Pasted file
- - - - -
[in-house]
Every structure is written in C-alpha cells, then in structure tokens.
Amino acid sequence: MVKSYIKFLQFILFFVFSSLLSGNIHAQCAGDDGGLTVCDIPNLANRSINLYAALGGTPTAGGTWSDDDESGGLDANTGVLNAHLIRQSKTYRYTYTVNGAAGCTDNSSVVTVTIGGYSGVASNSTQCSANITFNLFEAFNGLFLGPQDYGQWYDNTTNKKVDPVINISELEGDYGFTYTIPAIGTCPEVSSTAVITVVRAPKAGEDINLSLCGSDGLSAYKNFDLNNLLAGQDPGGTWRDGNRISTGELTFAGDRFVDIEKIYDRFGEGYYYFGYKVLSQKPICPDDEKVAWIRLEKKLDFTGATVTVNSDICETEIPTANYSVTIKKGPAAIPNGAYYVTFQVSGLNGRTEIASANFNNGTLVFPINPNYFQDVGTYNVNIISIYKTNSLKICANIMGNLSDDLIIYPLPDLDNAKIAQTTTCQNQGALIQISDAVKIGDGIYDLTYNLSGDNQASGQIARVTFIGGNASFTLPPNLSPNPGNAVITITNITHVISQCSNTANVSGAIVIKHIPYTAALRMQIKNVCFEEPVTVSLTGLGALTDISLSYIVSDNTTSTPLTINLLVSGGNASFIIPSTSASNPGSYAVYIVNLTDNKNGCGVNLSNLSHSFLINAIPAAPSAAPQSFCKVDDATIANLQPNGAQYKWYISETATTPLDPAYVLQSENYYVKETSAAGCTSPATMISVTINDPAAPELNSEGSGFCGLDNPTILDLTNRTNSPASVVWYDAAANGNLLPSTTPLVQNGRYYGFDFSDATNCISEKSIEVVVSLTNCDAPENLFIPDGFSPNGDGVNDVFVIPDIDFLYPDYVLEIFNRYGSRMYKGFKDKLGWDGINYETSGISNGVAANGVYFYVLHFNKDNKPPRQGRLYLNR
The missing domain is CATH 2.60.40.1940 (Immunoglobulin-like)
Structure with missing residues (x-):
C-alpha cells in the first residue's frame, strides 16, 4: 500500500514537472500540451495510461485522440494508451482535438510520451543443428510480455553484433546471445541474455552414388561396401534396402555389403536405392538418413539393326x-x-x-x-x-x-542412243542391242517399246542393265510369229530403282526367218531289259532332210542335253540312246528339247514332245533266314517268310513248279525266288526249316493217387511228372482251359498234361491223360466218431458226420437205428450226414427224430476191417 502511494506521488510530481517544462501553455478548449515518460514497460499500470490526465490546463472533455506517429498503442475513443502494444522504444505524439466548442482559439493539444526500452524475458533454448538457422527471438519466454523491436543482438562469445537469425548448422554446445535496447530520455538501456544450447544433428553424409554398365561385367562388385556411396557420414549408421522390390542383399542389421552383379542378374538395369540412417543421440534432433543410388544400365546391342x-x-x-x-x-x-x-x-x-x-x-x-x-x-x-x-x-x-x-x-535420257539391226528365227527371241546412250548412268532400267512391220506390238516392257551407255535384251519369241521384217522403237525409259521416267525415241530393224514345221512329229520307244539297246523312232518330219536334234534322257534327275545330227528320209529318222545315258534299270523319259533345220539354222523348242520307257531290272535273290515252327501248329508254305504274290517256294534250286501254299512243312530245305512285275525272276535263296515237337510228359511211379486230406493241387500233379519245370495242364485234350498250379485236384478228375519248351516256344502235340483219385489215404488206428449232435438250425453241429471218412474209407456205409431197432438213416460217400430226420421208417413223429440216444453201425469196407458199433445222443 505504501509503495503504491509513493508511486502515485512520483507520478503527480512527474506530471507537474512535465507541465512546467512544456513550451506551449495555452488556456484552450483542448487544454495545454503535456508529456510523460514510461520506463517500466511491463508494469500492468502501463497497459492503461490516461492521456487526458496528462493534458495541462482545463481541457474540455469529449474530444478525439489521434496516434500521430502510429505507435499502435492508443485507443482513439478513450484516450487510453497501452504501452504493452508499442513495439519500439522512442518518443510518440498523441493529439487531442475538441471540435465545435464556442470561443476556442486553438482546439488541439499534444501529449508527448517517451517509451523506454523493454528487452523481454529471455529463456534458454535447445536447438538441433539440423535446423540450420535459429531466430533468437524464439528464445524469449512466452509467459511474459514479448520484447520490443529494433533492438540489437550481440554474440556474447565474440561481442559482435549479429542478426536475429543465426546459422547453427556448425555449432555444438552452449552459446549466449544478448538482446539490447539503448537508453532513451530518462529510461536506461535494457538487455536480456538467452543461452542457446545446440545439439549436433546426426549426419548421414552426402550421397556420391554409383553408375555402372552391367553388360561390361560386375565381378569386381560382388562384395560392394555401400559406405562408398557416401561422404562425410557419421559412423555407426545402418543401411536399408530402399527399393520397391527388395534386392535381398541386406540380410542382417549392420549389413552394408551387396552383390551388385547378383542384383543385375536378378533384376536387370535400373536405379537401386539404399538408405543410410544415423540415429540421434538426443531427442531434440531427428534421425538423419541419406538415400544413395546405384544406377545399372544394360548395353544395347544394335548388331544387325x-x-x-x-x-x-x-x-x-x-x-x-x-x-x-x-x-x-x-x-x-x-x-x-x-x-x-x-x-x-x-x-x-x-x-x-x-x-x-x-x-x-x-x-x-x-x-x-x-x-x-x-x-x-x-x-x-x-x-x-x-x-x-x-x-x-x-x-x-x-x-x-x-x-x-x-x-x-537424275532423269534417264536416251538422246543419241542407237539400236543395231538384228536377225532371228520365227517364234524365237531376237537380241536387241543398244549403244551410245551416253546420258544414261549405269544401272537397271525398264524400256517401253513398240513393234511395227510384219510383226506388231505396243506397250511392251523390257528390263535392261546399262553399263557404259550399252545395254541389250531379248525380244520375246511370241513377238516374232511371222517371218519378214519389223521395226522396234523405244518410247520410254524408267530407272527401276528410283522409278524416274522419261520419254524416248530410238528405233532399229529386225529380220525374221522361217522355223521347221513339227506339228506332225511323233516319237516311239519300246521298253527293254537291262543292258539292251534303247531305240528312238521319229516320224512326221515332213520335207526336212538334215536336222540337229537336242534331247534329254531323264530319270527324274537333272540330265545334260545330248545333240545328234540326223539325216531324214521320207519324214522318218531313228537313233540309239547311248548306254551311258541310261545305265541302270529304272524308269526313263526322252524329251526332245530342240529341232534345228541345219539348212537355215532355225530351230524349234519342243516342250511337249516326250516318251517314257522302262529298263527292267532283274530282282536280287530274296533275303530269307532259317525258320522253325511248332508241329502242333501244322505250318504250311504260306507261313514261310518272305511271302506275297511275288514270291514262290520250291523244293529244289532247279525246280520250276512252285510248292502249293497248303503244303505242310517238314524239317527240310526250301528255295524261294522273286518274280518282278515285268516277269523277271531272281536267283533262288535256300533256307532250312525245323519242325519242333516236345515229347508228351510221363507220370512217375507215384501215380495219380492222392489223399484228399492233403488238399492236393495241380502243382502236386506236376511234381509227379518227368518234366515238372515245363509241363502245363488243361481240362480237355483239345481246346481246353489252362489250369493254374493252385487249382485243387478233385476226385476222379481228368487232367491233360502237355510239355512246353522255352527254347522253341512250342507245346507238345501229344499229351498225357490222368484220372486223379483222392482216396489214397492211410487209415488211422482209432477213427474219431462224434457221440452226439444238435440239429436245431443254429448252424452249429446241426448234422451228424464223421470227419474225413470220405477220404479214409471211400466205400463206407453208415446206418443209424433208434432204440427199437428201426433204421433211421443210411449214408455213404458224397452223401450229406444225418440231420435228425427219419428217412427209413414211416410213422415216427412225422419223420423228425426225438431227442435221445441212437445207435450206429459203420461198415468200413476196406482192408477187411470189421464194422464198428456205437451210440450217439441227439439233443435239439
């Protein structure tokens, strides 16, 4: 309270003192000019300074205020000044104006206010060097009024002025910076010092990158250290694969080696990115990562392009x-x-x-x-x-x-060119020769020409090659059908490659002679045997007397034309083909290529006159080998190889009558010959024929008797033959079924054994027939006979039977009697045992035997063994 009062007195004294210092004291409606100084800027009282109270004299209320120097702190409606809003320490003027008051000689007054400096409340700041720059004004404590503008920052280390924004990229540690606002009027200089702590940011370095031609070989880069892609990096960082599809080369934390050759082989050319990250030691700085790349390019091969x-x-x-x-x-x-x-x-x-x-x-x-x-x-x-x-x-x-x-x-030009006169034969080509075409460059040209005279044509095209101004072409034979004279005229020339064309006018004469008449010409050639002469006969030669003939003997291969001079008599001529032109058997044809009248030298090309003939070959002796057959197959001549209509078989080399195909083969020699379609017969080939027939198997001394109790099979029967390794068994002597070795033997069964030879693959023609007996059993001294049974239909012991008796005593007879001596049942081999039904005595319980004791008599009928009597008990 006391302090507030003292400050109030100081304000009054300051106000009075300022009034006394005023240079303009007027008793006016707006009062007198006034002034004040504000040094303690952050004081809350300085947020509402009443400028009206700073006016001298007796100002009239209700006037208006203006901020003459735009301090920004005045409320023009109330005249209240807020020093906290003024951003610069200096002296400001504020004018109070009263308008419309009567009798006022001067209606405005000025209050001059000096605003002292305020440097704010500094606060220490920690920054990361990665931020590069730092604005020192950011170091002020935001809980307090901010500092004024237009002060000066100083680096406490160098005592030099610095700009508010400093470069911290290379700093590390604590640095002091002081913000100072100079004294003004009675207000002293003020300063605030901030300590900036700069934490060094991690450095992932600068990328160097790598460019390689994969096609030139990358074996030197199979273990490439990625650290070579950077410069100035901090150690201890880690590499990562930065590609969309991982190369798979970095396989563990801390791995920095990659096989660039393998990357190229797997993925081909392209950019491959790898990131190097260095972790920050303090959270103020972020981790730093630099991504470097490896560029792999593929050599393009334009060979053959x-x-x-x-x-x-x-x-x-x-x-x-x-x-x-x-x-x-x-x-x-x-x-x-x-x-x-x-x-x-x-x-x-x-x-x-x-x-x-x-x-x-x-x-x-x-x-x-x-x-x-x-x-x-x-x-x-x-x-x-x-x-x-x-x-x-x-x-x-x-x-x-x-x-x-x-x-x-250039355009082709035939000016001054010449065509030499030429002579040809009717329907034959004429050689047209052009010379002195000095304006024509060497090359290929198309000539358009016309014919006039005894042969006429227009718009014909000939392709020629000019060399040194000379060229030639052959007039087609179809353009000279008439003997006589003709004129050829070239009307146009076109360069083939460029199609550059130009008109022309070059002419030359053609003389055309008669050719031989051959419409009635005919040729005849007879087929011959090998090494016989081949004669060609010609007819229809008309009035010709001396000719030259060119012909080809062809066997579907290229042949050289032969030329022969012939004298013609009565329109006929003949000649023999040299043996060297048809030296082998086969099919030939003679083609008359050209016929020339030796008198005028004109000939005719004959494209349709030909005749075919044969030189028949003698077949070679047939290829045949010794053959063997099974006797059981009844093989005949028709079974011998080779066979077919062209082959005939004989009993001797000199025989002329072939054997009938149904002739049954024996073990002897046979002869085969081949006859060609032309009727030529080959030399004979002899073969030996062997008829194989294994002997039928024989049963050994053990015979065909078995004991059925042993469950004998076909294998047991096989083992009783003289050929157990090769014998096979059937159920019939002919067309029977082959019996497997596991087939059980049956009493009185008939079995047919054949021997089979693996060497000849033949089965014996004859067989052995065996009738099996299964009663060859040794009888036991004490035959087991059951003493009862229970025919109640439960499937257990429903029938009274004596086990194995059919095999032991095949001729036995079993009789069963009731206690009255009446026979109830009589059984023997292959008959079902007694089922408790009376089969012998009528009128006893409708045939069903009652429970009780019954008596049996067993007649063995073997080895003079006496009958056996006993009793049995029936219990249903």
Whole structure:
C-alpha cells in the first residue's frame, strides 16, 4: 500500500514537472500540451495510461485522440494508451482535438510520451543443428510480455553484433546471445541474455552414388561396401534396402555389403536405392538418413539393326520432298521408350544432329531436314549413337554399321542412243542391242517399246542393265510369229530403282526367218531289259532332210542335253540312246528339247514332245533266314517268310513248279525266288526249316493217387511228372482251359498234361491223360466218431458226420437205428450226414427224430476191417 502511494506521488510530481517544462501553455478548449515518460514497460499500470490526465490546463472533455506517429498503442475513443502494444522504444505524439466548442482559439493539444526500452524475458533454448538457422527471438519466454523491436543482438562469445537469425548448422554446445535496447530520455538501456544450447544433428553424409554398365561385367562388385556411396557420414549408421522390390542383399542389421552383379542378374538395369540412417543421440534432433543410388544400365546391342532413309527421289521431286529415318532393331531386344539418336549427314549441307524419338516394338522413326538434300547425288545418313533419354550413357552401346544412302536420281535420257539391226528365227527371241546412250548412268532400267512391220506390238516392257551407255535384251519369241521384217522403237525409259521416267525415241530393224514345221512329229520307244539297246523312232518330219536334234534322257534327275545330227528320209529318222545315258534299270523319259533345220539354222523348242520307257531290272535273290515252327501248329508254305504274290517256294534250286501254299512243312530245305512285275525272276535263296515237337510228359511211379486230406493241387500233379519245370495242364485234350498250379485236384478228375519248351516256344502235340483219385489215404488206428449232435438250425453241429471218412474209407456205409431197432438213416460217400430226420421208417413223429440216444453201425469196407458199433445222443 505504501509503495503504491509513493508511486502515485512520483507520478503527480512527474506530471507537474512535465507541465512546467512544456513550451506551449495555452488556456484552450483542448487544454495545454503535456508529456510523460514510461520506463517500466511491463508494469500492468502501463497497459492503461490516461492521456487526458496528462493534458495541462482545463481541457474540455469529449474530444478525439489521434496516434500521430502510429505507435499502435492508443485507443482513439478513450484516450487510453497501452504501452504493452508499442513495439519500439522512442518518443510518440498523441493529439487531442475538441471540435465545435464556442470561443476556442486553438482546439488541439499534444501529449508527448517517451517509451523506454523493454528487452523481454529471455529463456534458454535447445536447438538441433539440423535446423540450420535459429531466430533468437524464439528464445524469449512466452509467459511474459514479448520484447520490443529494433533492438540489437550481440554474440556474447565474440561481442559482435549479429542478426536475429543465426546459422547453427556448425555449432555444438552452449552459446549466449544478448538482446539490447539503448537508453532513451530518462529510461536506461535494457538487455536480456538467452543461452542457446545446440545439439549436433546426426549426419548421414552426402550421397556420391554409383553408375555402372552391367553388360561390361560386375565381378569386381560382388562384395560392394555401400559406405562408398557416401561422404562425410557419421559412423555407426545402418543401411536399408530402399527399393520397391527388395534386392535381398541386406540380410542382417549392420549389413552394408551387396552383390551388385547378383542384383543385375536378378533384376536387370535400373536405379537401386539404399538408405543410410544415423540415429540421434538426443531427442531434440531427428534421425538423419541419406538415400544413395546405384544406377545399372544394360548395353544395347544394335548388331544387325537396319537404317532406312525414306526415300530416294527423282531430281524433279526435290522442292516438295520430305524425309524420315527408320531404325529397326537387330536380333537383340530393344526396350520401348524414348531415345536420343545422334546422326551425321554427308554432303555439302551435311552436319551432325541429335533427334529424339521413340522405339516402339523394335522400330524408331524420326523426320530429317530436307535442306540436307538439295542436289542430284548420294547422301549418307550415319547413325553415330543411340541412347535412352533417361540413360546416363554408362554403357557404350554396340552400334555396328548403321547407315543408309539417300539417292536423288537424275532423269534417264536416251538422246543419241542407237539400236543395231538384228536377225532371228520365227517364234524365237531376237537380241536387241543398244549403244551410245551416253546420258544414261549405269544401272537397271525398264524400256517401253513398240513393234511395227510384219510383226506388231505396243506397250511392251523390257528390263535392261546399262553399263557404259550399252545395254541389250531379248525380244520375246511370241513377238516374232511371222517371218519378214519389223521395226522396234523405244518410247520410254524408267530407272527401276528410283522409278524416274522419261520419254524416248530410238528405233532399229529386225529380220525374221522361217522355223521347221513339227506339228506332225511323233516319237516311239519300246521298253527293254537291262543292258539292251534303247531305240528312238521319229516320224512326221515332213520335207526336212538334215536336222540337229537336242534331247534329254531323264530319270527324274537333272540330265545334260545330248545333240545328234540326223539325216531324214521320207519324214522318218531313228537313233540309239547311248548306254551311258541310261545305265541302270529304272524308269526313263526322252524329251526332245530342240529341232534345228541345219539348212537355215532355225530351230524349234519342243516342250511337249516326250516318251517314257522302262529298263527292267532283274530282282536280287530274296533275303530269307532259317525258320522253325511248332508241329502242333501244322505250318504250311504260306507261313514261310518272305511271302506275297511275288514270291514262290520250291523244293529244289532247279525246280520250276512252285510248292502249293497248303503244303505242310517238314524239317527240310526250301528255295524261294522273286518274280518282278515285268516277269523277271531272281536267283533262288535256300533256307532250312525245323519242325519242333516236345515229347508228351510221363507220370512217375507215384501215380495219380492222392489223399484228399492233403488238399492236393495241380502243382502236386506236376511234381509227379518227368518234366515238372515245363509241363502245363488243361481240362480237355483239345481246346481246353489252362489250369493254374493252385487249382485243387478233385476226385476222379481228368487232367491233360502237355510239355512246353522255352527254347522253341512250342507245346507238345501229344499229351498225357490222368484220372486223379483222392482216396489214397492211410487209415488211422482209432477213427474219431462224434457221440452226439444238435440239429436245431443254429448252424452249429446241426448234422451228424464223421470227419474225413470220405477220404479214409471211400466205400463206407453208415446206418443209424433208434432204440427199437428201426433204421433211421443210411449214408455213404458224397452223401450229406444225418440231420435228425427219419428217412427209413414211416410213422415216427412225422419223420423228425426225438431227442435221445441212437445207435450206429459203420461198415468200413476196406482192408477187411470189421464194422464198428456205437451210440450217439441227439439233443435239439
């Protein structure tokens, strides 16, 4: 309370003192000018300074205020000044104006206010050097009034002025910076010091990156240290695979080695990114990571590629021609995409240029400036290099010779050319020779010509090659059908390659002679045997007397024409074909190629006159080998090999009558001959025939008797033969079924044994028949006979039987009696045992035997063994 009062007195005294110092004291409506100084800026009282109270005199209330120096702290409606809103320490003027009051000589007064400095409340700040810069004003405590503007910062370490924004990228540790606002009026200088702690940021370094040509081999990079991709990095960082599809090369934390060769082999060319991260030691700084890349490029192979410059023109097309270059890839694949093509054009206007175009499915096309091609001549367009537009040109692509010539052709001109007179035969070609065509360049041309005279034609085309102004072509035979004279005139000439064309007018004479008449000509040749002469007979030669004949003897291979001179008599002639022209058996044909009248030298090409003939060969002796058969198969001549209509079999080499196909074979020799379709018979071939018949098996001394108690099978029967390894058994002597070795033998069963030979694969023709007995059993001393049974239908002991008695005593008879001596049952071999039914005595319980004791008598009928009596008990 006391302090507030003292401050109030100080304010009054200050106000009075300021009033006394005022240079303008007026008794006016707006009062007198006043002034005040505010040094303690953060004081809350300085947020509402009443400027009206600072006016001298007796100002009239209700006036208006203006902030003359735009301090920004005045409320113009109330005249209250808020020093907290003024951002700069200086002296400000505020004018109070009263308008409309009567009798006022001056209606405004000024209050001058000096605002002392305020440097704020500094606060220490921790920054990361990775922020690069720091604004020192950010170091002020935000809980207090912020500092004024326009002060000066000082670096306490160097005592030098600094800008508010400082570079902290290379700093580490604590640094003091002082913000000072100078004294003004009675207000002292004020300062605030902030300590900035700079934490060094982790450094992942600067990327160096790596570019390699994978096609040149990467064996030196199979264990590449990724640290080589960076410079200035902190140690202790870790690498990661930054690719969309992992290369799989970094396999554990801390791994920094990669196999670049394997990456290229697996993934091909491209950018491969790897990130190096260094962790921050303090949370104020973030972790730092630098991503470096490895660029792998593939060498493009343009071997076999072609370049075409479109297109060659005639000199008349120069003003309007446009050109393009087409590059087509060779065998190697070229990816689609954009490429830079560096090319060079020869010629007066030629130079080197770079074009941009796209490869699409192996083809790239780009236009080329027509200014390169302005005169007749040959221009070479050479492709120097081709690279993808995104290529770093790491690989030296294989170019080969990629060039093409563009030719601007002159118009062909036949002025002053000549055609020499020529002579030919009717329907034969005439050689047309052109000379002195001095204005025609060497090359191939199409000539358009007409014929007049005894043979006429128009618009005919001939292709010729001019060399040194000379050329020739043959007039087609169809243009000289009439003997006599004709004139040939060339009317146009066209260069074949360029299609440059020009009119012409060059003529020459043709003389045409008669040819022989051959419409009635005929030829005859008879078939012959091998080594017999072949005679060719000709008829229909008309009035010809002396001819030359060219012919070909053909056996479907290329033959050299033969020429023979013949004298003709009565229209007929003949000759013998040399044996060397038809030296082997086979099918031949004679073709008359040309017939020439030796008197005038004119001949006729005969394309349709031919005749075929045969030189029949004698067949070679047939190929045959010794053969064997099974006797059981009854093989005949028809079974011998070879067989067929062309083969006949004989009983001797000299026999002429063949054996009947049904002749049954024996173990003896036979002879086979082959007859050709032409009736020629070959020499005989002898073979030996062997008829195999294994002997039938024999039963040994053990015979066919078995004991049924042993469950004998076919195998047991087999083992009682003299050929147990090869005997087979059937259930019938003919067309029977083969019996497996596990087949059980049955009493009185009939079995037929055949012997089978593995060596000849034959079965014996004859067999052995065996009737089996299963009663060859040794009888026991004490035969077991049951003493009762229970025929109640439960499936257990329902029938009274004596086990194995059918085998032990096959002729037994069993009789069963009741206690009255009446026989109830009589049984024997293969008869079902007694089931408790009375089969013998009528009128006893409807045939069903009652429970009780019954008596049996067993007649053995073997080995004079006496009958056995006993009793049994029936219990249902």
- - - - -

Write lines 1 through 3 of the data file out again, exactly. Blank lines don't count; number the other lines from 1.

[in-house]
Every structure is written in C-alpha cells, then in structure tokens.
Amino acid sequence: MVKSYIKFLQFILFFVFSSLLSGNIHAQCAGDDGGLTVCDIPNLANRSINLYAALGGTPTAGGTWSDDDESGGLDANTGVLNAHLIRQSKTYRYTYTVNGAAGCTDNSSVVTVTIGGYSGVASNSTQCSANITFNLFEAFNGLFLGPQDYGQWYDNTTNKKVDPVINISELEGDYGFTYTIPAIGTCPEVSSTAVITVVRAPKAGEDINLSLCGSDGLSAYKNFDLNNLLAGQDPGGTWRDGNRISTGELTFAGDRFVDIEKIYDRFGEGYYYFGYKVLSQKPICPDDEKVAWIRLEKKLDFTGATVTVNSDICETEIPTANYSVTIKKGPAAIPNGAYYVTFQVSGLNGRTEIASANFNNGTLVFPINPNYFQDVGTYNVNIISIYKTNSLKICANIMGNLSDDLIIYPLPDLDNAKIAQTTTCQNQGALIQISDAVKIGDGIYDLTYNLSGDNQASGQIARVTFIGGNASFTLPPNLSPNPGNAVITITNITHVISQCSNTANVSGAIVIKHIPYTAALRMQIKNVCFEEPVTVSLTGLGALTDISLSYIVSDNTTSTPLTINLLVSGGNASFIIPSTSASNPGSYAVYIVNLTDNKNGCGVNLSNLSHSFLINAIPAAPSAAPQSFCKVDDATIANLQPNGAQYKWYISETATTPLDPAYVLQSENYYVKETSAAGCTSPATMISVTINDPAAPELNSEGSGFCGLDNPTILDLTNRTNSPASVVWYDAAANGNLLPSTTPLVQNGRYYGFDFSDATNCISEKSIEVVVSLTNCDAPENLFIPDGFSPNGDGVNDVFVIPDIDFLYPDYVLEIFNRYGSRMYKGFKDKLGWDGINYETSGISNGVAANGVYFYVLHFNKDNKPPRQGRLYLNR